The Blowing Rock and The Red Moon

IUVI2VVDXJ  “Our life today is not conclusion; a sequel stands beyond where we will walk hand in hand. It is as invisible as music but positive as sound.” – Emily Dickenson

The cold morning air nips at my hands on this autumn day as I arrive at the Blowing Rock and stand at the edge where it drops off into Johns River Gorge some 3000 ft to the depths below. According to legend, if you drop anything from this cliff, it will return to you. Even the snow will fall upside down. Is this a myth, wind currents or magic? Maybe all 3 are correct; for the wind is magic and mythology speaks to truths unseen.

I see the tree line in the distant horizon showing off colors of green, orange, burgundy and yellow. A hawk appears, hanging solo, red tails in the sunlight from far off high.  Flying in broad sweeps from left to right, he proceeds to slowly descend into the valley of dense forest. I watch with curious eyes and wonder what? What is he telling me? Lower and lower he glides as the hour disappears and he vanishes. Suddenly I know as though our minds became one but for a second. He has come to take our brother home. So the Blowing Rock doesn’t return everything. Or does it?

The Legend of the Blowing Rock

A chieftain, cautious that 1K58W7Y1FQhis only daughter would marry the wrong man, brought her to The Blowing Rock in the care of a squaw mother. One day while wandering along the cliffs she spied a Cherokee brave far below. To get his attention she shot an arrow down into the valley below. From this meeting, they became inseparable and would soon marry. 

One evening the moon turned blood-red and the young brave knew he had to return home for trouble was in the sky and in every cloud. The maiden begged him not to go and in his confused state, torn between love and duty he fell off the cliff into the gorge. Grief-stricken, the maiden prayed by the cliff every day and night for her lover to return. And one day when the autumn sky became dark again and the moon turned blood red, the young brave was lifted up by the ever-present wind and returned to the maiden unharmed. And ever since then, as this perpetual wind blows, everything that falls from the cliff into the gorge below returns from where it fell back to the Blowing Rock.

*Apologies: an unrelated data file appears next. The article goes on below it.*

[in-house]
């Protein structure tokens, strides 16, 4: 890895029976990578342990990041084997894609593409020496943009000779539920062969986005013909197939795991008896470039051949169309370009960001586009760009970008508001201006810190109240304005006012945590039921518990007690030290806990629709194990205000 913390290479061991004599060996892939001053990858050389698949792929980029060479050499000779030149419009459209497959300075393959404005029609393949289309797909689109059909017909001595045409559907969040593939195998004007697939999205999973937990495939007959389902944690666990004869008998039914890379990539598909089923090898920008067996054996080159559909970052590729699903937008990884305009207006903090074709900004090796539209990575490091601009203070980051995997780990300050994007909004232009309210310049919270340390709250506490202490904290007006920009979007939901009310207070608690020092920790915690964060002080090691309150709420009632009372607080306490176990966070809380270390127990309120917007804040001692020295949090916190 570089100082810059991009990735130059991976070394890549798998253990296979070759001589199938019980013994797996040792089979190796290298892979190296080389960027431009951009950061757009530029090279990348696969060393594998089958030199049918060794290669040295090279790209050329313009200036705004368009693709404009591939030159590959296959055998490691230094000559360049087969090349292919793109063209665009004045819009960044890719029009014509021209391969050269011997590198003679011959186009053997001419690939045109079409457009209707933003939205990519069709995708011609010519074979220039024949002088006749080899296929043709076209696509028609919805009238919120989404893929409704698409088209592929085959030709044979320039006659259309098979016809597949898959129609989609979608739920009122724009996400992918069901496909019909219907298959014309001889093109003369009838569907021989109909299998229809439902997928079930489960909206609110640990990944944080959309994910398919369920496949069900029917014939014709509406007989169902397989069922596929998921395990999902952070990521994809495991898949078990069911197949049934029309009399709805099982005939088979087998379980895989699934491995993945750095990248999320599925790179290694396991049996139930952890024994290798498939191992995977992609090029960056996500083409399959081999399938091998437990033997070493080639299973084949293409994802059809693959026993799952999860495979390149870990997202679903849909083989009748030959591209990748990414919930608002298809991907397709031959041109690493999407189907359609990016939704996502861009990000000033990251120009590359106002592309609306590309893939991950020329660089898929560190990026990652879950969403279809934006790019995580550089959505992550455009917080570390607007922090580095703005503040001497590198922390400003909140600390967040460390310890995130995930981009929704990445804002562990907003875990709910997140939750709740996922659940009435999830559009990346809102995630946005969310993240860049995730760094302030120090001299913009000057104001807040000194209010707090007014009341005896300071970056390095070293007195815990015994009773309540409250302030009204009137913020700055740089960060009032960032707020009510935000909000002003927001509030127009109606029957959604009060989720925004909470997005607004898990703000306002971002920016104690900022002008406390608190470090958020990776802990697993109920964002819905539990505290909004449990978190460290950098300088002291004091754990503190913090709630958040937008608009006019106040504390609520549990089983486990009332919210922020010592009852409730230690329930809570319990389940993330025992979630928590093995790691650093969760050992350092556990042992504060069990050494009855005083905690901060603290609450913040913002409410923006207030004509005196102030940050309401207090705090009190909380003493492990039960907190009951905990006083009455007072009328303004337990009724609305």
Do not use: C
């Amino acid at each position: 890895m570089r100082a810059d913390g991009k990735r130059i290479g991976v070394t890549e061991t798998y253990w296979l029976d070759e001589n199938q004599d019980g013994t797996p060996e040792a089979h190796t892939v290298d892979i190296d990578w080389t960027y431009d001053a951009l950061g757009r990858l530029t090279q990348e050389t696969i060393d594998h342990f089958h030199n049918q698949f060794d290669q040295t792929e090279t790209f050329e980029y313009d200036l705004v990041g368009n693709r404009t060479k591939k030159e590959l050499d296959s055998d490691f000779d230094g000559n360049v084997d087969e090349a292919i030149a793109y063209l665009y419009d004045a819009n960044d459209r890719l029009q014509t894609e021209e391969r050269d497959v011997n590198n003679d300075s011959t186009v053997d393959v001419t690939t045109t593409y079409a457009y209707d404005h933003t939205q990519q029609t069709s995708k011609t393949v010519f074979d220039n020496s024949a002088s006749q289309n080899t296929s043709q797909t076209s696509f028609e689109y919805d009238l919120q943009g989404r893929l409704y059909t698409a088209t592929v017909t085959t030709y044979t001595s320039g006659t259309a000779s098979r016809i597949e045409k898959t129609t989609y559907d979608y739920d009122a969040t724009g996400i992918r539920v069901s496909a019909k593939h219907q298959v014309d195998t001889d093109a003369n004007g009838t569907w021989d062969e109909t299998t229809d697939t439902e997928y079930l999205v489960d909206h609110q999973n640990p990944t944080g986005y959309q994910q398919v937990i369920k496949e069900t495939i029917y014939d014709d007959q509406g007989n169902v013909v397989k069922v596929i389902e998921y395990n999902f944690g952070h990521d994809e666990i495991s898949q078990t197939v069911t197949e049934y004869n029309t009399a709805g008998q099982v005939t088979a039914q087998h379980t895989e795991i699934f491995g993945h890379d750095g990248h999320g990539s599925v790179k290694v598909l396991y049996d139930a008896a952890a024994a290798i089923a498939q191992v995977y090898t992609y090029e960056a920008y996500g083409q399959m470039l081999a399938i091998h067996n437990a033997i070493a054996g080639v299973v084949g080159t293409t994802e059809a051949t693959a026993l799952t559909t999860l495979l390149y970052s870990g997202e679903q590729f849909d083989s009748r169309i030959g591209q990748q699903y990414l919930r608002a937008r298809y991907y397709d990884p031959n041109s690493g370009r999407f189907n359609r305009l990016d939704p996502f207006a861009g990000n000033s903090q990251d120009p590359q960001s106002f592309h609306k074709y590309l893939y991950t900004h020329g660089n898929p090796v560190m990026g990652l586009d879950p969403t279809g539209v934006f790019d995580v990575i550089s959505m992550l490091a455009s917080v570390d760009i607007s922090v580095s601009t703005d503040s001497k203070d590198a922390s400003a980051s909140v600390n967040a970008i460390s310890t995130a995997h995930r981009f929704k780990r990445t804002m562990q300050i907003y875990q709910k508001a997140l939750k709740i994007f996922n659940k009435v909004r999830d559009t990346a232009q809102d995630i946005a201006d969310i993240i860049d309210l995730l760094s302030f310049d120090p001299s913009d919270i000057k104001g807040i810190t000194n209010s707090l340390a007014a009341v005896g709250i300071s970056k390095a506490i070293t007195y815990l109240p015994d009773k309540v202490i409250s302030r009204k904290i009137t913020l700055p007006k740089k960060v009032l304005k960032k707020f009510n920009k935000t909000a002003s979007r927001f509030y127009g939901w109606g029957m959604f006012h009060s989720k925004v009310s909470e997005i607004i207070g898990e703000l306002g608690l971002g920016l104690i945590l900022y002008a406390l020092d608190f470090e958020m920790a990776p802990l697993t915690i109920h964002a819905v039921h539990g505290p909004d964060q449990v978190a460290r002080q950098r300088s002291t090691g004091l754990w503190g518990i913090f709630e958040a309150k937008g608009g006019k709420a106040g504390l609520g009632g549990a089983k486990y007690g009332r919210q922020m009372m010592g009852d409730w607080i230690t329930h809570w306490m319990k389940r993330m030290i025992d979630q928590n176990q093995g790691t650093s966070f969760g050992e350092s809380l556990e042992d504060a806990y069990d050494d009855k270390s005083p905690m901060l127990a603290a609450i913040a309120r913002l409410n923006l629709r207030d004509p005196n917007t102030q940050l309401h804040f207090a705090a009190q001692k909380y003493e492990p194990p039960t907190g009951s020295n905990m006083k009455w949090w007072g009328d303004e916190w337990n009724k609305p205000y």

11 thoughts on “The Blowing Rock and The Red Moon

  1. How about the brown lights, have you ever saw those? (I live an hour away from Blowing Rock — unless you live in the area, I doubt you’ll know what the brown lights are.) Great post!

    Liked by 2 people

  2. How you delight me this Sunday morning with this sheer, poetic and strong post. The wind; definitely magic. Scientists wouldn’t agree. My heart does.:) The legend is just beautiful. Thank you.
    The song “Broken Arrow” just does it; the art is stunning and makes me feel so clearly the total connection between nature, man, the horses….
    Talk about being and living in the Now. They knew.

    Liked by 1 person

    1. Thank you Mirja, this one sort of wrote itself as my memory kept bringing forth ideas and remembering the old stories from years ago when I traveled to the area on summer vacation. I’m glad you enjoyed it…


  3. Beautiful poetic post, JC. Thank you for sharing the legend and I now can’t get the image of snow falling upside down out of my head. Who knows…maybe everything does return…but we just don’t know it. Mesmerising song and haunting images – haunting in as a whole way of life destroyed.

    Liked by 1 person

  4. I really enjoyed the atmosphere your words conjured with the picture as a perfect compliment. I agree – this chapter (life) builds on the next one – and what is important is returned, albeit often transformed. Upwards (first) and (then) onwards.

    Liked by 1 person

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